Core tip: In solid organ transplants, donor recipient mismatch of glutathione S-transferase T1 (GSTT1) alleles triggers a specific immune response with the production of IgG antibodies. In a proportion of mismatched liver and kidney transplants, the clinical outcome is rejection. However, detection of GSTT1-specific T lymphocytes has not been documented. We provide the first evidence of T cells able to become activated by GSTT1 peptides in patients who develop plasma cell-rich (PC-rich) rejection after GSTT1-mismatch liver transplantation. Interestingly, not only CD8+ or CD4+ cells but also double positive CD4+CD8low cells reacted to the antigenic stimulation in vitro.


In the context of liver transplantation, both glutathione S-transferase T1 (GSTT1) mismatch and the presence of GSTT1 antibodies have been associated with the development of de novo immune hepatitis[1-3], recently accepted as a rejection of the liver allograft in which allogeneic hepatocytes that express GSTT1 constitutively in their cytoplasm are the main targets of the immune response. The Banff Working Group on Liver Allograft Pathology has recently updated the terminologies of post-transplant complications and encourages the use of “plasma cell-rich rejection” instead of the former “de novo autoimmune hepatitis”[4]. Therefore, in this manuscript, we will use the new terminology.

Plasma cell-rich (PC-rich) rejection is a liver disorder of unclear pathogenesis that is usually diagnosed within the first two years after liver transplantation. A common feature of all the patients diagnosed in our hospital is the presence of GSTT1 antibodies due to the recognition of GSTT1 as a foreign antigen expressed in the graft when the recipient lacks this gene. Although it is a very specific anti-donor response, it is unclear whether these antibodies have a pathogenic effect since some patients with sustained antibody-titers will never develop PC-rich rejection.

Pregnancy, transfusion and transplantation are circumstances where the host immune system is able to recognize foreign major and minor histocompatibility antigens. This is the case for GSTT1, a drug metabolizing enzyme that is abundantly expressed in the liver and kidney. Recipients who lack this gene (GSTT1*0/0) might generate antibodies against GSTT1 after blood transfusion and/or organ transplantation from GSTT1-positive donors (GSTT1*A/0 or *A/A)[5,6]. It has been reported that the GSTT1 protein is able to induce a memory B cell response in GSTT1*0/0 women after pregnancy with GSTT1-positive offspring[6]. Moreover, it has been demonstrated that GSTT1-specific plasma cells are quickly activated when a GSTT1-positive patient receives an infusion of hematopoietic cells from an HLA-identical sensitized donor[7].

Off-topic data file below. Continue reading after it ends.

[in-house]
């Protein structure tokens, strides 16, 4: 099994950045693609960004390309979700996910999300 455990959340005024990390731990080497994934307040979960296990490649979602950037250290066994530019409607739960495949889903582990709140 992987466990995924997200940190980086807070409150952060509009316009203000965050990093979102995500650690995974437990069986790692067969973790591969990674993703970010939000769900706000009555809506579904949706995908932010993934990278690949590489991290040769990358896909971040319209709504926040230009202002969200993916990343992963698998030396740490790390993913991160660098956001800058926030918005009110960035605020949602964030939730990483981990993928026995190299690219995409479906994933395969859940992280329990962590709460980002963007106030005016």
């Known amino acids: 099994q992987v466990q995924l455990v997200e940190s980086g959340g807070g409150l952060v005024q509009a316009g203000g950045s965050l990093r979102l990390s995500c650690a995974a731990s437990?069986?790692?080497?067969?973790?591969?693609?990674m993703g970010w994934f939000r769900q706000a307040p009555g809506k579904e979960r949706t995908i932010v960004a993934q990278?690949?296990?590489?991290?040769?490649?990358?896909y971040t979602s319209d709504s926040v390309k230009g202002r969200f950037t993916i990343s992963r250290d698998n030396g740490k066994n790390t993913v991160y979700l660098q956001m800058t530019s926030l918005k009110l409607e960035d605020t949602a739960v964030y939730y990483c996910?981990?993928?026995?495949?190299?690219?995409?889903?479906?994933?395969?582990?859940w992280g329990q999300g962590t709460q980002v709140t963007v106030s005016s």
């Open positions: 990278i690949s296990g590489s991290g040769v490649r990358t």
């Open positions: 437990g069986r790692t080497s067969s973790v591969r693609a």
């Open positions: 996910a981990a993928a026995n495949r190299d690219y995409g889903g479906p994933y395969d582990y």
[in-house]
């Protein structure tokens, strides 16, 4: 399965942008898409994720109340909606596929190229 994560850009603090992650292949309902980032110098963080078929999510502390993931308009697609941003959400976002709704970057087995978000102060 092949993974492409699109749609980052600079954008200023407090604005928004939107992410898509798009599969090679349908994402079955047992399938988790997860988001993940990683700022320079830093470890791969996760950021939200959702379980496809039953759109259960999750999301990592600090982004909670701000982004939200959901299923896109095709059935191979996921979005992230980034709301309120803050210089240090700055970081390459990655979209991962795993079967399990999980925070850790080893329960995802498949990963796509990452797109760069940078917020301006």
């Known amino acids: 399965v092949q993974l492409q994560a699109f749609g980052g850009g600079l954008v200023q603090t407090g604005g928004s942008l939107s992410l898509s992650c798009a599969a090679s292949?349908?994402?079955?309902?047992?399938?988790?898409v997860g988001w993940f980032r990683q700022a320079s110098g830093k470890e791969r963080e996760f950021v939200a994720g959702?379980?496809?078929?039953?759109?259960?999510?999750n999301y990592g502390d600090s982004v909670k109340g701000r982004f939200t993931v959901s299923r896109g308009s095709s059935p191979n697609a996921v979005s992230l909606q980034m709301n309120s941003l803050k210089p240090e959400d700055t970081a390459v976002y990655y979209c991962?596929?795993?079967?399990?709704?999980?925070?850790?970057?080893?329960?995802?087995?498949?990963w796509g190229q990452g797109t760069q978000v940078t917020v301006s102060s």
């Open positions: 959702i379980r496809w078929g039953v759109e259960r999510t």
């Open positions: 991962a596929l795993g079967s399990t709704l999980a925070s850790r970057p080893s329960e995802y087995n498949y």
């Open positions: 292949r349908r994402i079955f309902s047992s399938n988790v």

The liver is a very special organ with a variety of important cell types able to function as APCs. Hepatocytes, which represent 60% of the liver cells, express MHC class I at low levels and have the ability to serve as antigen presenting cells (APCs). Furthermore, under some pathological circumstances in a pro-inflammatory environment, parenchymal cells and biliary epithelial cells can express MHC class II antigens[8]. Some studies in mouse models have indicated that both CD4+ and CD8+ T cells can independently initiate hepatocyte rejection, more rapidly in the case of CD8+ cells, somehow preceding the CD4+ mediated response[9]. In humans, patients with chronic allograft failure of kidney grafts have significantly higher frequencies of CD4+ T cells indirectly activated by allogeneic peptides when compared with controls, whereas CD4+ T cells activated in a direct manner reduced the cytotoxic T cell response[10]. However, there are variables such as immunosuppression therapy that can alter the immunological response in different ways.

In this study, we aim to explore the role of T cells in the context of PC-rich rejection. We have compared the T cell response in PBMCs collected from 18 GSTT1-mismatched liver transplant patients, 7 of which had a diagnosis of PC-rich rejection, with 4 GSTT1-matched transplanted patients after re-stimulation in vitro with the whole set of GSTT1 peptides. In summary, we have the first evidence of GSTT1-specific memory T cells ready to become activated after recall with the antigen, but further studies will be needed to test the potential role of these cells in the pathogenesis of PC-rich rejection.